Meanwhile, she says, “Torry likes a lot of color — I mean, she does wear black leather, but a lot of bright stuff — something that’s a little more feminine.” But it’s Ford’s style that gets Robertson the most excited. “She wore a tutu on the first day of middle school, an Andy Warhol-Marilyn Monroe T-shirt and army boots,” remembers Robertson. “Everybody hated that she had any kind of style at that age.”Robertson herself names her mom and Chrissy Snow, Suzanne Somers’ ditzy character from “Three’s Company,” as icons. From her mom, who, as she puts it, “wore totally Pat Benatar-type stuff — short spiky hair, studded belts, pointy boots or little pink heels,” she got a love of Chanel and all things vintage. Robertson has never been to a fashion show, but says she’d prefer the back rows where she can pay more attention to what’s going on on the catwalk than getting into the front-row frenzy. She also can rattle off more than a few of her favorite designers, including FrostFrench, Luella Bartley, Miu Miu and Gucci.
“I love Marc Jacobs — always have,” she says, especially his secondary Marc by Marc Jacobs line. “I got almost everything he did from that first season. I went insane — I spent all the money I made that year on that line.”
“Azzedine has been one of the biggest influences in my life. He has always been such a strong, loving, fatherly figure to me. I call him Papa. His designs are indescribably unique, they are pieces of art. He knew how to make the female form look its loveliest. I have so many memories of him; my favorite might be during my first show with him in Paris. He liked me and he wanted to help me get more work. He called all his friends at Kenzo and Comme des Garcons, and asked them to book me. They said, ‘But she can’t walk!’ And he said, ‘but she has such a great ass!' His friendship and support has been the great privilege of my career. I can't imagine life without him. Repose en paix mon Papa.” - @stephanieseymour tells @wwd. #wwdfashion (📷: @steveeichner) #alaia #azzedinealaia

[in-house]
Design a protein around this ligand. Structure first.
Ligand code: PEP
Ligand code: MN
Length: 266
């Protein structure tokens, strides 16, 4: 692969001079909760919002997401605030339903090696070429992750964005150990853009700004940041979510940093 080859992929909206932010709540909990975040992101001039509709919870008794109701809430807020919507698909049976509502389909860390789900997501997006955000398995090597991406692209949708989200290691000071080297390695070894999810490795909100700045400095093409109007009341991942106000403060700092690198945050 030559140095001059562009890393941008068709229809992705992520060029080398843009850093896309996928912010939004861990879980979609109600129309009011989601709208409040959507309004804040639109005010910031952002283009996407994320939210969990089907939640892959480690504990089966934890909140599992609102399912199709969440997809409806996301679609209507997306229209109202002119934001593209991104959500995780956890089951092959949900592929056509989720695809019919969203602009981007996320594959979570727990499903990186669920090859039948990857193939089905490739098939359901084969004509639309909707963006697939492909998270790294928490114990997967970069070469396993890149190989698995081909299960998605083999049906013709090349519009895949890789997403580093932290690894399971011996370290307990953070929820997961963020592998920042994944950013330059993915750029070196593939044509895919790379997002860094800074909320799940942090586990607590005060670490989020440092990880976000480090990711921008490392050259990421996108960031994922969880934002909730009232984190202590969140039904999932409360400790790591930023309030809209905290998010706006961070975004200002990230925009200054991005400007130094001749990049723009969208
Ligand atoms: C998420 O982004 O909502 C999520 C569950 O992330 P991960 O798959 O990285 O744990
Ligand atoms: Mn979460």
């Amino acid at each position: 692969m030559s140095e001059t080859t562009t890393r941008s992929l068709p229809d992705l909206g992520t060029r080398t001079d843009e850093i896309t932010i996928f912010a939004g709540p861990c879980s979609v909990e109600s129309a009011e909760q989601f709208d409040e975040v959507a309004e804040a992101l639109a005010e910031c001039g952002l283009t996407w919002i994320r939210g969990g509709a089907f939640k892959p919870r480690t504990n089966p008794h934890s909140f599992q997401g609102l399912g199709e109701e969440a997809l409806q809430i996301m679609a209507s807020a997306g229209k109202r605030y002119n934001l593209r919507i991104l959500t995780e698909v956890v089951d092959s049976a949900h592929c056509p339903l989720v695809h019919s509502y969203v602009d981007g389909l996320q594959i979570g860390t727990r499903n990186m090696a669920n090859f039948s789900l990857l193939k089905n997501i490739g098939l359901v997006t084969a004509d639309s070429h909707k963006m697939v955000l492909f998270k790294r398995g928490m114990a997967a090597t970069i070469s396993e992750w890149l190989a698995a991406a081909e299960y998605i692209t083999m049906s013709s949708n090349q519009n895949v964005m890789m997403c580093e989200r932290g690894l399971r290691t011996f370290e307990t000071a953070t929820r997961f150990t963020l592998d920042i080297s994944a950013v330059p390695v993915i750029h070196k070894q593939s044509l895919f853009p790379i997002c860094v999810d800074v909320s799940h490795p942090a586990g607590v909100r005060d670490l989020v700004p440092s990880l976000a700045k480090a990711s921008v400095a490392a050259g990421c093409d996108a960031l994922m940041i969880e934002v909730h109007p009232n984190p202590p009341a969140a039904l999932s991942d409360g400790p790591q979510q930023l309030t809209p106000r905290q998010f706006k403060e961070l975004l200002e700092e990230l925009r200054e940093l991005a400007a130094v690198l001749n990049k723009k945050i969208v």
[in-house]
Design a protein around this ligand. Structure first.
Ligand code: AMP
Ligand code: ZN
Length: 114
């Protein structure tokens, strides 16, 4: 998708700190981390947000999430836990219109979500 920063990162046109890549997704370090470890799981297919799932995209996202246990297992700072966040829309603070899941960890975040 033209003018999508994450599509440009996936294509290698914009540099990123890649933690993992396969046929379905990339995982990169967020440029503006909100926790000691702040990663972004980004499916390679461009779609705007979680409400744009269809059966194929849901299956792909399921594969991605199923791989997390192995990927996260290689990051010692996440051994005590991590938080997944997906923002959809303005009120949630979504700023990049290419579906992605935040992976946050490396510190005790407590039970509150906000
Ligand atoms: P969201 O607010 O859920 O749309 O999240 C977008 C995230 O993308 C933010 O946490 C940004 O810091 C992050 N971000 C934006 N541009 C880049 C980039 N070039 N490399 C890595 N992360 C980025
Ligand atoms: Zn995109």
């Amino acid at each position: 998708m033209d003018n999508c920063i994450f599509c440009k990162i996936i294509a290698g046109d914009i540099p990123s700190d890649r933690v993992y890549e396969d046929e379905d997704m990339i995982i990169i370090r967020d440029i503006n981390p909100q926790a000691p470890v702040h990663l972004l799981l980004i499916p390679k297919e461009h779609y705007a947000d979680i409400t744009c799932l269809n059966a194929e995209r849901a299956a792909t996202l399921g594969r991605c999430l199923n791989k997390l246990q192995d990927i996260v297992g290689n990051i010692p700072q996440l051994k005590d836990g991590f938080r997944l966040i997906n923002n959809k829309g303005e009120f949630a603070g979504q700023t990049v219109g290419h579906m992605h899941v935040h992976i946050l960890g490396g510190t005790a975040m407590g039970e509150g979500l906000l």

Azzedine Alaïa, flanked by two of his closest friends, models Stephanie Seymour and Naomi Campbell.
He designed Seymour’s dress for her 1995 wedding to Peter Brant, and treated Campbell (who famously called him Papa), like a daughter. For more on the legendary designer, tap the link in bio. #wwdfashion #alaia #azzedinealaia
Azzedine Alaïa's “I-did-it-my-way” ethos stood out starkly at a time when brands are experimenting with consumer-facing fashion shows, coed formats and trans-seasonal collections – anything to perk up lackluster sales of ready-to-wear in an age of Insta-everything. “It’s not creation anymore. This becomes a purely industrial approach,” the late designer told WWD in an interview last year. “But anyway, the rhythm of collections is so stupid. It’s unsustainable. There are too many collections.” Read more about the iconic designer’s life and work on wwd.com, link in bio. #wwdfashion #azzedinealaia (📷: @WWD Archive, 1986) #alaia
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Azzedine Alaïa, one of the most iconic couturiers of the modern era whose body-con designs defined Eighties fashion, has died in Paris. The diminutive Tunisian-born designer, known for his structured knitted dresses with fitted waists and impeccably cut, figure-hugging second skin silhouettes was deeply admired by his peers, and counted supermodel Naomi Campbell - his adoptive daughter - among his inner circle, one of a gang of glamazons including Farida Khelfa, Carla Bruni and Stephanie Seymour who became ambassadors of his style. (📷: Alexandre Guirkinger) #wwdblast